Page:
Dr. Edgar Mitchell, along with eleven other Apollo moonwalkers during six historic moon missions (July 1969 to December 1972), helped change our perceptions of Earth. Suddenly, it was possible for humans to leave our planet and walk on a different heavenly body. Edgar Mitchell was the Lunar Module Pilot for the Apollo 14 flight that lasted from January 31, 1971 to February 9, 1971. He traveled to the moon with Commander Alan Shepard and Command Module Pilot Stuart Roosa. Mitchell and Shepard walked on the lunar surface for nearly nine hours over two days. They completed many science experiments, collected nearly one hundred pounds of moon rocks, and are on record for the longest moonwalk on foot of any Apollo astronaut. On return to Earth in the spacecraft, Mitchell had a transcendent “Samadhi in space” that forever changed his life and was integral in his founding of the renowned Institute of Noetic Sciences.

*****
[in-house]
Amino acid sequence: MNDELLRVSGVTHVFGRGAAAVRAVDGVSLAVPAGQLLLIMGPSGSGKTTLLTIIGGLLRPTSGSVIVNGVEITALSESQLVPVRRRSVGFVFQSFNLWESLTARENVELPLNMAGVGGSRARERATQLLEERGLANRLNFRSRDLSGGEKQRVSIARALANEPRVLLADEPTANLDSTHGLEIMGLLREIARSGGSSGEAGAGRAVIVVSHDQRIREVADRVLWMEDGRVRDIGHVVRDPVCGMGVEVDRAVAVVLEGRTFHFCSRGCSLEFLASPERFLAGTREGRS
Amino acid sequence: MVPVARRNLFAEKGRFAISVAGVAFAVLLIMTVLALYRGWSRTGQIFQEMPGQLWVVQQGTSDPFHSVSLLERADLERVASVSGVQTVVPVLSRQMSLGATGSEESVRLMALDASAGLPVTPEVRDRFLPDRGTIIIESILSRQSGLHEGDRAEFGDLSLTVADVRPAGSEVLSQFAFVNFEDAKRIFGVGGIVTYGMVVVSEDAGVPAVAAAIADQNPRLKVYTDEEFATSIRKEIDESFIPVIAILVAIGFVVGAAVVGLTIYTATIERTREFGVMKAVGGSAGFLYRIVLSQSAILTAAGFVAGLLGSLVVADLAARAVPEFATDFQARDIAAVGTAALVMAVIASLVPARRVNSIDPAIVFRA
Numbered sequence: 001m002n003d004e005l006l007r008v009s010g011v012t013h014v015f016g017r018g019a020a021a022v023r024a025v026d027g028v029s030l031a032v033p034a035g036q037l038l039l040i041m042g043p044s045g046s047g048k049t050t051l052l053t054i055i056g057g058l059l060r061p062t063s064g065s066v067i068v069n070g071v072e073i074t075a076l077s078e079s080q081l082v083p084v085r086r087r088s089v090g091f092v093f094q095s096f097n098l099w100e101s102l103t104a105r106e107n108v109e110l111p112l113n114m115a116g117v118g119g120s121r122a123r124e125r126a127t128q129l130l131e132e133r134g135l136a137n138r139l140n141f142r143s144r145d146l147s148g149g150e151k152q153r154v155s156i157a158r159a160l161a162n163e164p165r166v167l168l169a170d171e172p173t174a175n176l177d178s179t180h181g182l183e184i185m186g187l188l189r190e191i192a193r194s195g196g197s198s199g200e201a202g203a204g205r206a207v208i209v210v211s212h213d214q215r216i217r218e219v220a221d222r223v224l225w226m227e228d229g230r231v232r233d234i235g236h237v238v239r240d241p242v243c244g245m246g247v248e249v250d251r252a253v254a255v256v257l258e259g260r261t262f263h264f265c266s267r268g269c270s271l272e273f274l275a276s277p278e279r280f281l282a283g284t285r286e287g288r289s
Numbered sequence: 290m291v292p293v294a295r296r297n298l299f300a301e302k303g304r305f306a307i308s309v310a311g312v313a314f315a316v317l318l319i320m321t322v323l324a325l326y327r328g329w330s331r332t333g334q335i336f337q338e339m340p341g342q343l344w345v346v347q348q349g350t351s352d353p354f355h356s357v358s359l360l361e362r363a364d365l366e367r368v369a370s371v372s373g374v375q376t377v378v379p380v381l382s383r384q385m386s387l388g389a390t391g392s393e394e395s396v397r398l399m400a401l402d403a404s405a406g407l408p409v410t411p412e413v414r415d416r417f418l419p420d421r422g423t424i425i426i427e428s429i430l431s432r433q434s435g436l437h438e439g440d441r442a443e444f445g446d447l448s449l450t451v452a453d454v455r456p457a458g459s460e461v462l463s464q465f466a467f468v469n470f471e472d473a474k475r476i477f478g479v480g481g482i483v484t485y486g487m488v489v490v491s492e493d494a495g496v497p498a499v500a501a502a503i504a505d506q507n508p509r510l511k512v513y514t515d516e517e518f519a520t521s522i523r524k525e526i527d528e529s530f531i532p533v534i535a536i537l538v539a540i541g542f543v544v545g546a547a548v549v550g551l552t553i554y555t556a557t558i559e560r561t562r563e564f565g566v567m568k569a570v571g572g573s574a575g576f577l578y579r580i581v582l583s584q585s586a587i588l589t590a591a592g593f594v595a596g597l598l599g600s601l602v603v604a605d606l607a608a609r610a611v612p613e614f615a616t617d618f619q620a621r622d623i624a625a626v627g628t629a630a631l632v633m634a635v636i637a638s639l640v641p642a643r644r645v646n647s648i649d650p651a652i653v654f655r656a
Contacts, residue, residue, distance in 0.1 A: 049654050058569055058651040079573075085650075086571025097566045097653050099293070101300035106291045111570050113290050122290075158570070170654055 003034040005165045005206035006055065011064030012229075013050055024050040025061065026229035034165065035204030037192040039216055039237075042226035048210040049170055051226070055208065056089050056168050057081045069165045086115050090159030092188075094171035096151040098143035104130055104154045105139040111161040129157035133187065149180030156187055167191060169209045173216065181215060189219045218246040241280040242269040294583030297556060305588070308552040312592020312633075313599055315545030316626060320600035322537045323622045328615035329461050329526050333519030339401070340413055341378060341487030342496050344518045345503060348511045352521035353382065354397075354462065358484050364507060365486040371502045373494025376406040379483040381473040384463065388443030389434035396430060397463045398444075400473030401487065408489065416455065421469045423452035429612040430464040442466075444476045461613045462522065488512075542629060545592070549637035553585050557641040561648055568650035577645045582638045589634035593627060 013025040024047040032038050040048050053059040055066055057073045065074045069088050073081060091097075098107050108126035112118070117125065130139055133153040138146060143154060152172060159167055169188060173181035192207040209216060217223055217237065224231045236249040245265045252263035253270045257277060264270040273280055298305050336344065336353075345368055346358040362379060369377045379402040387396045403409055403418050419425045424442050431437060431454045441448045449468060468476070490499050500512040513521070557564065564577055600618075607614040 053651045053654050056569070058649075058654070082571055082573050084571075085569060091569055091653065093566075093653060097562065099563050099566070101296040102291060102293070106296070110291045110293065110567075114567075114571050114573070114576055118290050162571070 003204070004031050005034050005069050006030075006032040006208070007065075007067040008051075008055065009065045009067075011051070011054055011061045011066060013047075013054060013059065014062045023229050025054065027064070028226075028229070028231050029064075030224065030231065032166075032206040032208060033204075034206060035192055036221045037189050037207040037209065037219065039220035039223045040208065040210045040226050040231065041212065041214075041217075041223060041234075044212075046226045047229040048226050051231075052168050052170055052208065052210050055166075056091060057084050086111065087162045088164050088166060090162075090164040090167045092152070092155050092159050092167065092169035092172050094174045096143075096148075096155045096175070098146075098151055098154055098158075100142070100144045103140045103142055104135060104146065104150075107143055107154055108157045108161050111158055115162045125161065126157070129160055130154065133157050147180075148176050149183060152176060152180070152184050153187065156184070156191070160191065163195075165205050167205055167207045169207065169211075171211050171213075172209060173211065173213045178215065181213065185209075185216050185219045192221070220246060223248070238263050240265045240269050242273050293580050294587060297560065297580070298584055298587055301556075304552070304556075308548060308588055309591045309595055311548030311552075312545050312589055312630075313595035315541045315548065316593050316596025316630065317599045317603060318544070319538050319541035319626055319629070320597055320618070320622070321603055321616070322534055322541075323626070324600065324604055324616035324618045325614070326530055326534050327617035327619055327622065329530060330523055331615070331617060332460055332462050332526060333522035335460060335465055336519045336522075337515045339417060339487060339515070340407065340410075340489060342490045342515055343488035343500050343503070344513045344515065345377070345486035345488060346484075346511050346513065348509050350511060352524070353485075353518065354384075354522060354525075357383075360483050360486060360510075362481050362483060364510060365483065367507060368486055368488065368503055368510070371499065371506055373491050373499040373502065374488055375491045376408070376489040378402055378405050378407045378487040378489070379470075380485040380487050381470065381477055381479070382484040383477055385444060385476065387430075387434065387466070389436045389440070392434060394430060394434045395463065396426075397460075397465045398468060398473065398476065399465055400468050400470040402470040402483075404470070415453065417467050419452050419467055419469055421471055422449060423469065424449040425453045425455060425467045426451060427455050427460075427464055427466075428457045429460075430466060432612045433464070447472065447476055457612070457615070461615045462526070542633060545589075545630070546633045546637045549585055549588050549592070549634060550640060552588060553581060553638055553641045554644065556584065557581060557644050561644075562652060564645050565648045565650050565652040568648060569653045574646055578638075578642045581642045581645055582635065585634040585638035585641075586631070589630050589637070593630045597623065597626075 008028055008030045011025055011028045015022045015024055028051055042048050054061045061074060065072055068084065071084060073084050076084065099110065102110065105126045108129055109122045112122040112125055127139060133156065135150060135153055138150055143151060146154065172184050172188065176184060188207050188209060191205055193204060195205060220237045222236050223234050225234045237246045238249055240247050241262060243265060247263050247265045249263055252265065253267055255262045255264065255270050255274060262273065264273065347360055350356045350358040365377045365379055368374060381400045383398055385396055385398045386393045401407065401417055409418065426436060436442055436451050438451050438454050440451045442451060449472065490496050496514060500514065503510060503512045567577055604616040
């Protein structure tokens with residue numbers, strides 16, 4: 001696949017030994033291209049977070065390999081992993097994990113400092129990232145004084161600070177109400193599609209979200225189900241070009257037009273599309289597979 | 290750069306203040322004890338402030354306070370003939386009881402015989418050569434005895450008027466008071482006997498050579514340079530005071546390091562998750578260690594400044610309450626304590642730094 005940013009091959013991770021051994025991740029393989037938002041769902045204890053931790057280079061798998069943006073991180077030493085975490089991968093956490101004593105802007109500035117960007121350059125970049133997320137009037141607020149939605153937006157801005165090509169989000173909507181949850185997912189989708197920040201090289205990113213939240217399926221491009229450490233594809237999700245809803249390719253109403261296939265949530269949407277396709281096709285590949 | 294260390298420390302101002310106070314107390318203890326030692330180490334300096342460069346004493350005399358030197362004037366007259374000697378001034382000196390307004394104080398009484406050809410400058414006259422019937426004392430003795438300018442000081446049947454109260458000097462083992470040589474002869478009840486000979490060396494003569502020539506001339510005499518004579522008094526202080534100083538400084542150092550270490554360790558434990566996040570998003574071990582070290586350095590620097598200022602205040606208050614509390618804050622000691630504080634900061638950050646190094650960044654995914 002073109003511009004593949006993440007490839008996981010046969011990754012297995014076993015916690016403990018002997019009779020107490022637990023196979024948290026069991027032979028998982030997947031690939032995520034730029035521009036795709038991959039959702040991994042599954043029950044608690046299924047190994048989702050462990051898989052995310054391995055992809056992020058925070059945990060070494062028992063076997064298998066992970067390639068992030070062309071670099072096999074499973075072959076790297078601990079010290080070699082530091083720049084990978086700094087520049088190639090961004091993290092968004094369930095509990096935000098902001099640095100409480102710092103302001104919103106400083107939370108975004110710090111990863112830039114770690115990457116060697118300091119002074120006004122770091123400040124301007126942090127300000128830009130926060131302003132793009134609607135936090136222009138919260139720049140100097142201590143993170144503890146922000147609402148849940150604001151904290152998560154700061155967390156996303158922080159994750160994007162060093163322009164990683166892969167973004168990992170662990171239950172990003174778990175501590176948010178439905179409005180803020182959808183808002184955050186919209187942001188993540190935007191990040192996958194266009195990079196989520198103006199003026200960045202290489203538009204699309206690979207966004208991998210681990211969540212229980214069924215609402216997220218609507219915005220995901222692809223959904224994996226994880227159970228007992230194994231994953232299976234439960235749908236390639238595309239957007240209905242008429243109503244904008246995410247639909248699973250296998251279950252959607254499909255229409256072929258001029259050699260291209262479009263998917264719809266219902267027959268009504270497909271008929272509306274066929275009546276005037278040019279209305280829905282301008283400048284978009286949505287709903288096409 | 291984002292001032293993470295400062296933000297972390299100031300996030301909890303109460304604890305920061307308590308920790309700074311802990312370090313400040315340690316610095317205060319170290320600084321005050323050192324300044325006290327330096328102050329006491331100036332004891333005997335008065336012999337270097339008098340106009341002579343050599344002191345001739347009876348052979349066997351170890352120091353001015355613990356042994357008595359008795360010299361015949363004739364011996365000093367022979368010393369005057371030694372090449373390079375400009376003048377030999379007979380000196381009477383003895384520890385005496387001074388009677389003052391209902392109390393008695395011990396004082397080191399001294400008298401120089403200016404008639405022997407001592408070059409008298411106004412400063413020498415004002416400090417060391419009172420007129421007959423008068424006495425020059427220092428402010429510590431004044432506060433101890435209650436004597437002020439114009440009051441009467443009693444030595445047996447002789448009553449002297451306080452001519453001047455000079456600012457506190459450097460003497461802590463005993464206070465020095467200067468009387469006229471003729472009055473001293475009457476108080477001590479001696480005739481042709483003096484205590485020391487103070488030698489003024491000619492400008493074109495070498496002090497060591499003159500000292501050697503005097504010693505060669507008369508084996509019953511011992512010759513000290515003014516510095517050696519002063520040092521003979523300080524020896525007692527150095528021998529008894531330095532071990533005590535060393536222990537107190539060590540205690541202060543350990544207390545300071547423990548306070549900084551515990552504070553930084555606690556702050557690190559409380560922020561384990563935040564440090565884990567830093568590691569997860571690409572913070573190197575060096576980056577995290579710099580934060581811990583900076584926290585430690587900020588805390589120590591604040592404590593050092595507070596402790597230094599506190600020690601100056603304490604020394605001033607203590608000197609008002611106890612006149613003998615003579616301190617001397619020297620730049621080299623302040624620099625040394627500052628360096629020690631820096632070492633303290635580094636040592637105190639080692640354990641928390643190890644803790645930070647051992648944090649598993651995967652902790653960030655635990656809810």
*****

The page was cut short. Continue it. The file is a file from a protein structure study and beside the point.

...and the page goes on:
About the Author:
Ellen Mahoney is a journalist, educator and author with a focus on writing nonfiction. She holds a Bachelor of Science in Journalism and Human Development from Syracuse University, and a Master of Science in Education from USC. Ellen is the author of "Nellie Bly and Investigative Journalism for Kids" published in 2015 by Chicago Review Press. In addition, she is the co-author, with the late Dr. Edgar Mitchell, of "Earthrise: My Adventures as an Apollo 14 Astronaut." Ellen teaches in the Department of Journalism & Technical Communication at Metropolitan State University of Denver. Previously, she taught writing at the University of Colorado, Boulder, and through the Lifelong Learning program with the Boulder Valley School District. [Organizer's description]